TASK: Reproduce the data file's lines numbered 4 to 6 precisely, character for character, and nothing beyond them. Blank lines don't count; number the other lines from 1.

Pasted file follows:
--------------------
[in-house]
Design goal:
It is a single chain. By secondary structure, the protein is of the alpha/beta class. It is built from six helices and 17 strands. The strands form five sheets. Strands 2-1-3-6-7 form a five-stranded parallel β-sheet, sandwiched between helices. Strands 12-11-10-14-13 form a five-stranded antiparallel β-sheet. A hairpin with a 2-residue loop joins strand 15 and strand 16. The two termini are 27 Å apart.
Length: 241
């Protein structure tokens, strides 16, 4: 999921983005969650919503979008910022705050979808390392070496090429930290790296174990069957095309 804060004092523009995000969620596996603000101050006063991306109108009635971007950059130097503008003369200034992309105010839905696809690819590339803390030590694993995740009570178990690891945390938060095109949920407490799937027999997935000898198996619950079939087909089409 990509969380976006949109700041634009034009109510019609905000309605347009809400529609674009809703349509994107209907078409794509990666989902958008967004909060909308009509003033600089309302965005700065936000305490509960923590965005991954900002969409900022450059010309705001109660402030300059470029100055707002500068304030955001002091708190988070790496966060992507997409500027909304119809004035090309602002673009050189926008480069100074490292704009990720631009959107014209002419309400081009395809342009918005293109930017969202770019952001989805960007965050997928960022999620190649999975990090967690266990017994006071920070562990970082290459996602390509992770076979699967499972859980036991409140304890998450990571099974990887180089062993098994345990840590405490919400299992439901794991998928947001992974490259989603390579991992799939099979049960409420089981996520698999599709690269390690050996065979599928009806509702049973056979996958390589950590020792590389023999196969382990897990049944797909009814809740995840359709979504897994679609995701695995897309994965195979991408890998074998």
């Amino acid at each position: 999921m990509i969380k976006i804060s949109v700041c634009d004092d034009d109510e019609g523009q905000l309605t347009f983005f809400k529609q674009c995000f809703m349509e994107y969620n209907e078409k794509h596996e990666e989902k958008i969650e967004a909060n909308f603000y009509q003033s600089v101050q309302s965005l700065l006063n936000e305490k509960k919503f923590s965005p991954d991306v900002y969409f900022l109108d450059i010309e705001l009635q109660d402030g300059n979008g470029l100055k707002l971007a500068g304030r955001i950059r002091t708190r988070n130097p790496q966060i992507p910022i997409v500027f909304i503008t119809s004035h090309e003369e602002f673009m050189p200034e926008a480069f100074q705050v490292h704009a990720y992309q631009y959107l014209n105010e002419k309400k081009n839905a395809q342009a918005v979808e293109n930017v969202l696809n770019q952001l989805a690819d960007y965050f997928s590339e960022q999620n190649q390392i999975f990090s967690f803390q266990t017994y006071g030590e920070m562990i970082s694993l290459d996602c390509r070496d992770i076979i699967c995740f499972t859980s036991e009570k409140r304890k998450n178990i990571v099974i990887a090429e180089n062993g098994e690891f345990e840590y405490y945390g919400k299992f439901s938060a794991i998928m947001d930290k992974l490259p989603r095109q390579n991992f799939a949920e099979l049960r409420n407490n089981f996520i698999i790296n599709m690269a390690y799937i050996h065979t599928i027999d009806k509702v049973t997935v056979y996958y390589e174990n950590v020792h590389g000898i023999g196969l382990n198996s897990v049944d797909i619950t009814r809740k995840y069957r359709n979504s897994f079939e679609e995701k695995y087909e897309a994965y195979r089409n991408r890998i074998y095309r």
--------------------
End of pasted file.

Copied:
Length: 241
């Protein structure tokens, strides 16, 4: 999921983005969650919503979008910022705050979808390392070496090429930290790296174990069957095309 804060004092523009995000969620596996603000101050006063991306109108009635971007950059130097503008003369200034992309105010839905696809690819590339803390030590694993995740009570178990690891945390938060095109949920407490799937027999997935000898198996619950079939087909089409 990509969380976006949109700041634009034009109510019609905000309605347009809400529609674009809703349509994107209907078409794509990666989902958008967004909060909308009509003033600089309302965005700065936000305490509960923590965005991954900002969409900022450059010309705001109660402030300059470029100055707002500068304030955001002091708190988070790496966060992507997409500027909304119809004035090309602002673009050189926008480069100074490292704009990720631009959107014209002419309400081009395809342009918005293109930017969202770019952001989805960007965050997928960022999620190649999975990090967690266990017994006071920070562990970082290459996602390509992770076979699967499972859980036991409140304890998450990571099974990887180089062993098994345990840590405490919400299992439901794991998928947001992974490259989603390579991992799939099979049960409420089981996520698999599709690269390690050996065979599928009806509702049973056979996958390589950590020792590389023999196969382990897990049944797909009814809740995840359709979504897994679609995701695995897309994965195979991408890998074998």
């Amino acid at each position: 999921m990509i969380k976006i804060s949109v700041c634009d004092d034009d109510e019609g523009q905000l309605t347009f983005f809400k529609q674009c995000f809703m349509e994107y969620n209907e078409k794509h596996e990666e989902k958008i969650e967004a909060n909308f603000y009509q003033s600089v101050q309302s965005l700065l006063n936000e305490k509960k919503f923590s965005p991954d991306v900002y969409f900022l109108d450059i010309e705001l009635q109660d402030g300059n979008g470029l100055k707002l971007a500068g304030r955001i950059r002091t708190r988070n130097p790496q966060i992507p910022i997409v500027f909304i503008t119809s004035h090309e003369e602002f673009m050189p200034e926008a480069f100074q705050v490292h704009a990720y992309q631009y959107l014209n105010e002419k309400k081009n839905a395809q342009a918005v979808e293109n930017v969202l696809n770019q952001l989805a690819d960007y965050f997928s590339e960022q999620n190649q390392i999975f990090s967690f803390q266990t017994y006071g030590e920070m562990i970082s694993l290459d996602c390509r070496d992770i076979i699967c995740f499972t859980s036991e009570k409140r304890k998450n178990i990571v099974i990887a090429e180089n062993g098994e690891f345990e840590y405490y945390g919400k299992f439901s938060a794991i998928m947001d930290k992974l490259p989603r095109q390579n991992f799939a949920e099979l049960r409420n407490n089981f996520i698999i790296n599709m690269a390690y799937i050996h065979t599928i027999d009806k509702v049973t997935v056979y996958y390589e174990n950590v020792h590389g000898i023999g196969l382990n198996s897990v049944d797909i619950t009814r809740k995840y069957r359709n979504s897994f079939e679609e995701k695995y087909e897309a994965y195979r089409n991408r890998i074998y095309r």